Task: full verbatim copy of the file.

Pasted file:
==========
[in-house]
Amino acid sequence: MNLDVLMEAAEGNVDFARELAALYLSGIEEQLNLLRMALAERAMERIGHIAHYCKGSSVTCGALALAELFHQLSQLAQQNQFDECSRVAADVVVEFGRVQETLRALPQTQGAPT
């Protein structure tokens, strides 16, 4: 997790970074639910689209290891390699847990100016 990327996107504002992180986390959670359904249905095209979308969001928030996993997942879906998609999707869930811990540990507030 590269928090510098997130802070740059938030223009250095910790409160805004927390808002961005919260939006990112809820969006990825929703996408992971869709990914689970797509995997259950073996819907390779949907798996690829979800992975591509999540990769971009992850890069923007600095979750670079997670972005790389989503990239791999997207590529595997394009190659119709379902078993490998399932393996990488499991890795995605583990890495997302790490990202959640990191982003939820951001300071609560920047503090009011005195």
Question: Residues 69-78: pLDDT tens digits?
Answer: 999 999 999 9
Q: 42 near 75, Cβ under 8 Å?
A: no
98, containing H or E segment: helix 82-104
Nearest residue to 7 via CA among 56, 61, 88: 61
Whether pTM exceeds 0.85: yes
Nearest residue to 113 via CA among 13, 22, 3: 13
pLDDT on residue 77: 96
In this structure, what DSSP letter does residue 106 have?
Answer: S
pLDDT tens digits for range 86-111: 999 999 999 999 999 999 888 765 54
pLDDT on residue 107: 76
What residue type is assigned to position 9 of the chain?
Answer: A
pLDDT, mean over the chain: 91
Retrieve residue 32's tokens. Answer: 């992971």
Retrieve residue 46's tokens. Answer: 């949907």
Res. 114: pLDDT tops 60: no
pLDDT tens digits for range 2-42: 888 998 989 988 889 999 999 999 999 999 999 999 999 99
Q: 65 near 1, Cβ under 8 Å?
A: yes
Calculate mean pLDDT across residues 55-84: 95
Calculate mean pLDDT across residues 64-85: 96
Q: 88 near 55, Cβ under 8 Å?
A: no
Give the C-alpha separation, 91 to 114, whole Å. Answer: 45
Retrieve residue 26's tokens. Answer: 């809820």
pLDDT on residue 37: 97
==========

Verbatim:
[in-house]
Amino acid sequence: MNLDVLMEAAEGNVDFARELAALYLSGIEEQLNLLRMALAERAMERIGHIAHYCKGSSVTCGALALAELFHQLSQLAQQNQFDECSRVAADVVVEFGRVQETLRALPQTQGAPT
């Protein structure tokens, strides 16, 4: 997790970074639910689209290891390699847990100016 990327996107504002992180986390959670359904249905095209979308969001928030996993997942879906998609999707869930811990540990507030 590269928090510098997130802070740059938030223009250095910790409160805004927390808002961005919260939006990112809820969006990825929703996408992971869709990914689970797509995997259950073996819907390779949907798996690829979800992975591509999540990769971009992850890069923007600095979750670079997670972005790389989503990239791999997207590529595997394009190659119709379902078993490998399932393996990488499991890795995605583990890495997302790490990202959640990191982003939820951001300071609560920047503090009011005195």
Question: Residues 69-78: pLDDT tens digits?
Answer: 999 999 999 9
Q: 42 near 75, Cβ under 8 Å?
A: no
98, containing H or E segment: helix 82-104
Nearest residue to 7 via CA among 56, 61, 88: 61
Whether pTM exceeds 0.85: yes
Nearest residue to 113 via CA among 13, 22, 3: 13
pLDDT on residue 77: 96
In this structure, what DSSP letter does residue 106 have?
Answer: S
pLDDT tens digits for range 86-111: 999 999 999 999 999 999 888 765 54
pLDDT on residue 107: 76
What residue type is assigned to position 9 of the chain?
Answer: A
pLDDT, mean over the chain: 91
Retrieve residue 32's tokens. Answer: 């992971």
Retrieve residue 46's tokens. Answer: 């949907």
Res. 114: pLDDT tops 60: no
pLDDT tens digits for range 2-42: 888 998 989 988 889 999 999 999 999 999 999 999 999 99
Q: 65 near 1, Cβ under 8 Å?
A: yes
Calculate mean pLDDT across residues 55-84: 95
Calculate mean pLDDT across residues 64-85: 96
Q: 88 near 55, Cβ under 8 Å?
A: no
Give the C-alpha separation, 91 to 114, whole Å. Answer: 45
Retrieve residue 26's tokens. Answer: 């809820």
pLDDT on residue 37: 97